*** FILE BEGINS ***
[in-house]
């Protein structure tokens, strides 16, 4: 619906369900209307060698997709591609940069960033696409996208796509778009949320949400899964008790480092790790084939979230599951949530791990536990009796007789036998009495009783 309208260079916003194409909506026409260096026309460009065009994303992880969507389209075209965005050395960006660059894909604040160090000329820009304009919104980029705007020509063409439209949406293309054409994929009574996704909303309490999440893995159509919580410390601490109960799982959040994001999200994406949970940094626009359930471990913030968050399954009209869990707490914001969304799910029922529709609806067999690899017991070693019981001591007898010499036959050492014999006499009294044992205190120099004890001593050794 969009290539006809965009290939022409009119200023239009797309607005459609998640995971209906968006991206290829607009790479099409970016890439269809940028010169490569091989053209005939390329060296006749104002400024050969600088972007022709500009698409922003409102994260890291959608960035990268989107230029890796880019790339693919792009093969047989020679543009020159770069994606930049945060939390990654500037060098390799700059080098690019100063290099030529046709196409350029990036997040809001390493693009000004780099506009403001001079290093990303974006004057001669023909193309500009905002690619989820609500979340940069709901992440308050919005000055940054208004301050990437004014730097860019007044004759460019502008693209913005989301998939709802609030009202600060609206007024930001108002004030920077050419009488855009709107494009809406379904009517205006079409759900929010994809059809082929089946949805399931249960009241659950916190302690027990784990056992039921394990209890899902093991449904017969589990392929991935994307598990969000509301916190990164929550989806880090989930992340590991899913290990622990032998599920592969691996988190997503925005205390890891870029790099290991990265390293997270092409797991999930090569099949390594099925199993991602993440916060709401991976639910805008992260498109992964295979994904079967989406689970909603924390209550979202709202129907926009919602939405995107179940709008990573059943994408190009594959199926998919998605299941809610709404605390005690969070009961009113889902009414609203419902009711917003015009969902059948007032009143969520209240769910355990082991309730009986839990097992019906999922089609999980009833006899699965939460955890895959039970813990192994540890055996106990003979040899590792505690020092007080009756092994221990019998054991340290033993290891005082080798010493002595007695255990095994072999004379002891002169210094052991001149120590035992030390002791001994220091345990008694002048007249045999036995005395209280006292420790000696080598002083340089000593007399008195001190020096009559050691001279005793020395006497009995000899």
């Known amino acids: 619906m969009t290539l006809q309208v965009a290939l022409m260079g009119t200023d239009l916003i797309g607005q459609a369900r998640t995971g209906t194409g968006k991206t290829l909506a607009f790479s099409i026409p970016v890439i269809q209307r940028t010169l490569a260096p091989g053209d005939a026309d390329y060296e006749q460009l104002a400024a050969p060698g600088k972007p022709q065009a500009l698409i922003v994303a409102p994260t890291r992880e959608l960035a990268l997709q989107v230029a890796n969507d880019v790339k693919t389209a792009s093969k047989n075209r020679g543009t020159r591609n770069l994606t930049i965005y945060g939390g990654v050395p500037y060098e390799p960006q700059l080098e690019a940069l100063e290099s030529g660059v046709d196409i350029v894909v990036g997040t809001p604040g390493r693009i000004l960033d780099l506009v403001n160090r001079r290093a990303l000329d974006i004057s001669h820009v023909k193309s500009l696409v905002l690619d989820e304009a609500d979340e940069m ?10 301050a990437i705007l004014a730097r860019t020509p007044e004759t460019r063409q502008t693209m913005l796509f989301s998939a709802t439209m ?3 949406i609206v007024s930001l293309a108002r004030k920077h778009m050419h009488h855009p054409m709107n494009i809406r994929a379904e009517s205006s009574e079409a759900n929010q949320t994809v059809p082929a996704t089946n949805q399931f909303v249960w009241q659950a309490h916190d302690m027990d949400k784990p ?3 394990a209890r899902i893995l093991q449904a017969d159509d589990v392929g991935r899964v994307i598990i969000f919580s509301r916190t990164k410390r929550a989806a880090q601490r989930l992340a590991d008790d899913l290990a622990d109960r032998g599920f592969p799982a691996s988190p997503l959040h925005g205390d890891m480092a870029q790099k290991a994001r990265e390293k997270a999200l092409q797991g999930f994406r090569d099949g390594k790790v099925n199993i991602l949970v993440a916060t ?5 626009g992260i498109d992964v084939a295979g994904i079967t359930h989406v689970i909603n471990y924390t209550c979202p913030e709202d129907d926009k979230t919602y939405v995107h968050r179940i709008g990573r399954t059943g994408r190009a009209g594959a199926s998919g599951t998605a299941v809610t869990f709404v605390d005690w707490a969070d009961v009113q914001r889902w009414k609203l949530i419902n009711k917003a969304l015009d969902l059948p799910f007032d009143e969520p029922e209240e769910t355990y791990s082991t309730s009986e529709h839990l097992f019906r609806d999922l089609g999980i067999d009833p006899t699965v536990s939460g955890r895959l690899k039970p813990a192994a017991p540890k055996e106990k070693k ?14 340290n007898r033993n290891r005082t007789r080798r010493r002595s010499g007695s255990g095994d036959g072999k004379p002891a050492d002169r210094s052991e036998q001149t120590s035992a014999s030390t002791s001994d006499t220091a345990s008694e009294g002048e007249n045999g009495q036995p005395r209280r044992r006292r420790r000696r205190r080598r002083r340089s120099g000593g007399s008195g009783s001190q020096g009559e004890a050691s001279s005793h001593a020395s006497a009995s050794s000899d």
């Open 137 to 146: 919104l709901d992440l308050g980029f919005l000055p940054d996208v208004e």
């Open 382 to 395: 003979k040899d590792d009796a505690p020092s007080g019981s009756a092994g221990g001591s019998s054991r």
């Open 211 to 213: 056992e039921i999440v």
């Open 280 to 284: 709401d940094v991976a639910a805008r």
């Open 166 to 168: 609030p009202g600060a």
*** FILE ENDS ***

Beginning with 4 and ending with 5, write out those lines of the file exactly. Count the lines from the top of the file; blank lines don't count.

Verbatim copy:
């Open 137 to 146: 919104l709901d992440l308050g980029f919005l000055p940054d996208v208004e």
């Open 382 to 395: 003979k040899d590792d009796a505690p020092s007080g019981s009756a092994g221990g001591s019998s054991r």